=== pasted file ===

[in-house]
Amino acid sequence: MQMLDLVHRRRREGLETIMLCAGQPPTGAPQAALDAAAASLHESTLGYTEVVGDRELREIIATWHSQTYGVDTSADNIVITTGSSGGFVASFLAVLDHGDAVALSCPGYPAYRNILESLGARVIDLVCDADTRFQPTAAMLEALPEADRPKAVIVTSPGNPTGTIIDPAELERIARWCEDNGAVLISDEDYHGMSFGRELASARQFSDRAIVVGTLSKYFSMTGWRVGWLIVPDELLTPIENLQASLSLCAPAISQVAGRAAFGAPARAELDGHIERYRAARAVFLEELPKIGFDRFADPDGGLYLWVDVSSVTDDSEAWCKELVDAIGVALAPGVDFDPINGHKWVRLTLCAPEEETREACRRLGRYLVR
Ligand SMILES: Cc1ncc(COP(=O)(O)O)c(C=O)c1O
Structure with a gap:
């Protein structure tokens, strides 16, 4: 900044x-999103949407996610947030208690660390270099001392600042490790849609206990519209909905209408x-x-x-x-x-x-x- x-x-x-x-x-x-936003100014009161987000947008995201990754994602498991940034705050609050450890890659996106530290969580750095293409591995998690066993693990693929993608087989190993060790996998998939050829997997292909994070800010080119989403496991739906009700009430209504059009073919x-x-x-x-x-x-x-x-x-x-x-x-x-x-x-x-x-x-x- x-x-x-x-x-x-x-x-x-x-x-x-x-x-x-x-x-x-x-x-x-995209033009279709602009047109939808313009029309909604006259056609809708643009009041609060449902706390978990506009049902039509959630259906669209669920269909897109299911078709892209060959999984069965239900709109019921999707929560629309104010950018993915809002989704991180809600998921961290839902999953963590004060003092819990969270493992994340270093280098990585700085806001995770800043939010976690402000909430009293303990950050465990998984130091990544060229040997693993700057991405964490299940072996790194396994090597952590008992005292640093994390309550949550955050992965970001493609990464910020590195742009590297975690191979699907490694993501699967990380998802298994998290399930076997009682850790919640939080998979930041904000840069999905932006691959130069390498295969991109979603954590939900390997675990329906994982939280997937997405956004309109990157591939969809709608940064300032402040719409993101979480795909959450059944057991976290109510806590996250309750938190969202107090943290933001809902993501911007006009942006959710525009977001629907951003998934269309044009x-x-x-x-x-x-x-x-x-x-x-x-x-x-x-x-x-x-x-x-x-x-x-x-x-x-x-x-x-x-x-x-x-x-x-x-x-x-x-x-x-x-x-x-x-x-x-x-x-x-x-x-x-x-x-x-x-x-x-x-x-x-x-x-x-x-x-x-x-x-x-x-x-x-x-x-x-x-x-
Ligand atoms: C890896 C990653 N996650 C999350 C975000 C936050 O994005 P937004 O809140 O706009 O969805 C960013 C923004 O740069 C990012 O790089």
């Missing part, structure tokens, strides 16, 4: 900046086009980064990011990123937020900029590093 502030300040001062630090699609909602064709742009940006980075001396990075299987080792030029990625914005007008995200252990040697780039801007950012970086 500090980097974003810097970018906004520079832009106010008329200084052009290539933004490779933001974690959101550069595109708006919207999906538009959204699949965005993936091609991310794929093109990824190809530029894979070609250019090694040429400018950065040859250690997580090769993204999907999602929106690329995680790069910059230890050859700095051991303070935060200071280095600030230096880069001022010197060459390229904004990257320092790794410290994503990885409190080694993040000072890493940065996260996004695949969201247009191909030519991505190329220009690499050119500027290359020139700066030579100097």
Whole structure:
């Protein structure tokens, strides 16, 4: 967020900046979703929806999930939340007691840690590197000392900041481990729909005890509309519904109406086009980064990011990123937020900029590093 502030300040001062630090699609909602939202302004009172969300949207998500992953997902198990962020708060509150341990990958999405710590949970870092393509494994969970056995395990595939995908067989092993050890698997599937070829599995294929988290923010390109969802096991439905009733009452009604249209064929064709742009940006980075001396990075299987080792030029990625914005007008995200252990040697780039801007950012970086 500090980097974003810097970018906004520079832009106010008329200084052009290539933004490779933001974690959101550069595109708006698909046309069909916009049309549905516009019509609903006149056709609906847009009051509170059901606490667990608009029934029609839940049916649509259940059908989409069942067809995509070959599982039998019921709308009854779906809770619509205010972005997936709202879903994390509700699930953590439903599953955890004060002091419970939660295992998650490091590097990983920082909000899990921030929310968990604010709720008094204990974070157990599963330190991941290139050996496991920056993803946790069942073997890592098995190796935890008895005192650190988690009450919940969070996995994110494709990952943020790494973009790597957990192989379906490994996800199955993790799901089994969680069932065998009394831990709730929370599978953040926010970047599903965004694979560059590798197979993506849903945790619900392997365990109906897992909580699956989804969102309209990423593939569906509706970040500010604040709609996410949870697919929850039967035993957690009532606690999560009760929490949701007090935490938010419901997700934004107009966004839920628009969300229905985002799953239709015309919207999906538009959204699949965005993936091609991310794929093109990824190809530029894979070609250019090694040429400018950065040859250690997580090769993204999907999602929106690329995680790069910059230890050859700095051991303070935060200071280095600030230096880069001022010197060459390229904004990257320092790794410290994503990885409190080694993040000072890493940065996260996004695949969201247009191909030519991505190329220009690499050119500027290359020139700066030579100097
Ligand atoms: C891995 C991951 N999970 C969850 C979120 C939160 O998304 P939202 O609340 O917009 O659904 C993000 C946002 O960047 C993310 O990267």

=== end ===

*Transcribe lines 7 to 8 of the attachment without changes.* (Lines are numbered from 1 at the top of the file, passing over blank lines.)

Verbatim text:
């Missing part, structure tokens, strides 16, 4: 900046086009980064990011990123937020900029590093 502030300040001062630090699609909602064709742009940006980075001396990075299987080792030029990625914005007008995200252990040697780039801007950012970086 500090980097974003810097970018906004520079832009106010008329200084052009290539933004490779933001974690959101550069595109708006919207999906538009959204699949965005993936091609991310794929093109990824190809530029894979070609250019090694040429400018950065040859250690997580090769993204999907999602929106690329995680790069910059230890050859700095051991303070935060200071280095600030230096880069001022010197060459390229904004990257320092790794410290994503990885409190080694993040000072890493940065996260996004695949969201247009191909030519991505190329220009690499050119500027290359020139700066030579100097």
Whole structure: